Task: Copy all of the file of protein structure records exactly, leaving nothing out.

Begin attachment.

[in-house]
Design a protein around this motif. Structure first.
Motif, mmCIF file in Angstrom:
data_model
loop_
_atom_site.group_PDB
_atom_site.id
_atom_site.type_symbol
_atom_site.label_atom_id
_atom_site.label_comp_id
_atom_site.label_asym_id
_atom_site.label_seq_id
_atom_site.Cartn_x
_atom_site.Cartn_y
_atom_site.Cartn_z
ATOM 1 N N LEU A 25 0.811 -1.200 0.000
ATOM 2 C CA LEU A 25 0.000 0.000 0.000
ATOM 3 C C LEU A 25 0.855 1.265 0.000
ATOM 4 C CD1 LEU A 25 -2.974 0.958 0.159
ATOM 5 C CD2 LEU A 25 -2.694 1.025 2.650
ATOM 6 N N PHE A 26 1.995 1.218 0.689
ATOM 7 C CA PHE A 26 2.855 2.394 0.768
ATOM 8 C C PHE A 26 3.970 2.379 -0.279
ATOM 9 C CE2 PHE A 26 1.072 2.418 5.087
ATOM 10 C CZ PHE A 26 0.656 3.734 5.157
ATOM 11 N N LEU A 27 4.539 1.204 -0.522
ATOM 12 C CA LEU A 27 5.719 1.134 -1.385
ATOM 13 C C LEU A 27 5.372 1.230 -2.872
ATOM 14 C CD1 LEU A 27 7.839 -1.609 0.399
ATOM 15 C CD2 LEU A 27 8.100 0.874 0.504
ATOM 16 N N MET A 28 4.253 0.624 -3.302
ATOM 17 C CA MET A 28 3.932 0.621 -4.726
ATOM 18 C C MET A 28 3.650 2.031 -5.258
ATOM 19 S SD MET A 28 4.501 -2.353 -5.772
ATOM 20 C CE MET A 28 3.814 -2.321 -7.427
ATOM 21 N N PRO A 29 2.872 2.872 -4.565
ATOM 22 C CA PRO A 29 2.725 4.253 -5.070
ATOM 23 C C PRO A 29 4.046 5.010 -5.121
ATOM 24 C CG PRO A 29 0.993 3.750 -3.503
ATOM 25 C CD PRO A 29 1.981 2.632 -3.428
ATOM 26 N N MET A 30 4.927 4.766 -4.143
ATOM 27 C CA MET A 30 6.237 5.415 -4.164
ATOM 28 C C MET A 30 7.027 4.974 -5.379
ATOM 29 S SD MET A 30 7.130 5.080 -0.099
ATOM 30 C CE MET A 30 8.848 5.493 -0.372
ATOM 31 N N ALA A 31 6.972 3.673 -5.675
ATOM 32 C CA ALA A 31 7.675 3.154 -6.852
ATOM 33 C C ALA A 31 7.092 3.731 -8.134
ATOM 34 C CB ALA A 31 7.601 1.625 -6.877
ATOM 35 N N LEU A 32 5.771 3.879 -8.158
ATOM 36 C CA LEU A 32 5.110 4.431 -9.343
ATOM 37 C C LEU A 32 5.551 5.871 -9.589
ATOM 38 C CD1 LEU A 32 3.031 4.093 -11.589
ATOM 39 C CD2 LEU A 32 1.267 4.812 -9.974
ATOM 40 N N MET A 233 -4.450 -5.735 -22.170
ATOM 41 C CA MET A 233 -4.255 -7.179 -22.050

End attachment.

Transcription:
[in-house]
Design a protein around this motif. Structure first.
Motif, mmCIF file in Angstrom:
data_model
loop_
_atom_site.group_PDB
_atom_site.id
_atom_site.type_symbol
_atom_site.label_atom_id
_atom_site.label_comp_id
_atom_site.label_asym_id
_atom_site.label_seq_id
_atom_site.Cartn_x
_atom_site.Cartn_y
_atom_site.Cartn_z
ATOM 1 N N LEU A 25 0.811 -1.200 0.000
ATOM 2 C CA LEU A 25 0.000 0.000 0.000
ATOM 3 C C LEU A 25 0.855 1.265 0.000
ATOM 4 C CD1 LEU A 25 -2.974 0.958 0.159
ATOM 5 C CD2 LEU A 25 -2.694 1.025 2.650
ATOM 6 N N PHE A 26 1.995 1.218 0.689
ATOM 7 C CA PHE A 26 2.855 2.394 0.768
ATOM 8 C C PHE A 26 3.970 2.379 -0.279
ATOM 9 C CE2 PHE A 26 1.072 2.418 5.087
ATOM 10 C CZ PHE A 26 0.656 3.734 5.157
ATOM 11 N N LEU A 27 4.539 1.204 -0.522
ATOM 12 C CA LEU A 27 5.719 1.134 -1.385
ATOM 13 C C LEU A 27 5.372 1.230 -2.872
ATOM 14 C CD1 LEU A 27 7.839 -1.609 0.399
ATOM 15 C CD2 LEU A 27 8.100 0.874 0.504
ATOM 16 N N MET A 28 4.253 0.624 -3.302
ATOM 17 C CA MET A 28 3.932 0.621 -4.726
ATOM 18 C C MET A 28 3.650 2.031 -5.258
ATOM 19 S SD MET A 28 4.501 -2.353 -5.772
ATOM 20 C CE MET A 28 3.814 -2.321 -7.427
ATOM 21 N N PRO A 29 2.872 2.872 -4.565
ATOM 22 C CA PRO A 29 2.725 4.253 -5.070
ATOM 23 C C PRO A 29 4.046 5.010 -5.121
ATOM 24 C CG PRO A 29 0.993 3.750 -3.503
ATOM 25 C CD PRO A 29 1.981 2.632 -3.428
ATOM 26 N N MET A 30 4.927 4.766 -4.143
ATOM 27 C CA MET A 30 6.237 5.415 -4.164
ATOM 28 C C MET A 30 7.027 4.974 -5.379
ATOM 29 S SD MET A 30 7.130 5.080 -0.099
ATOM 30 C CE MET A 30 8.848 5.493 -0.372
ATOM 31 N N ALA A 31 6.972 3.673 -5.675
ATOM 32 C CA ALA A 31 7.675 3.154 -6.852
ATOM 33 C C ALA A 31 7.092 3.731 -8.134
ATOM 34 C CB ALA A 31 7.601 1.625 -6.877
ATOM 35 N N LEU A 32 5.771 3.879 -8.158
ATOM 36 C CA LEU A 32 5.110 4.431 -9.343
ATOM 37 C C LEU A 32 5.551 5.871 -9.589
ATOM 38 C CD1 LEU A 32 3.031 4.093 -11.589
ATOM 39 C CD2 LEU A 32 1.267 4.812 -9.974
ATOM 40 N N MET A 233 -4.450 -5.735 -22.170
ATOM 41 C CA MET A 233 -4.255 -7.179 -22.050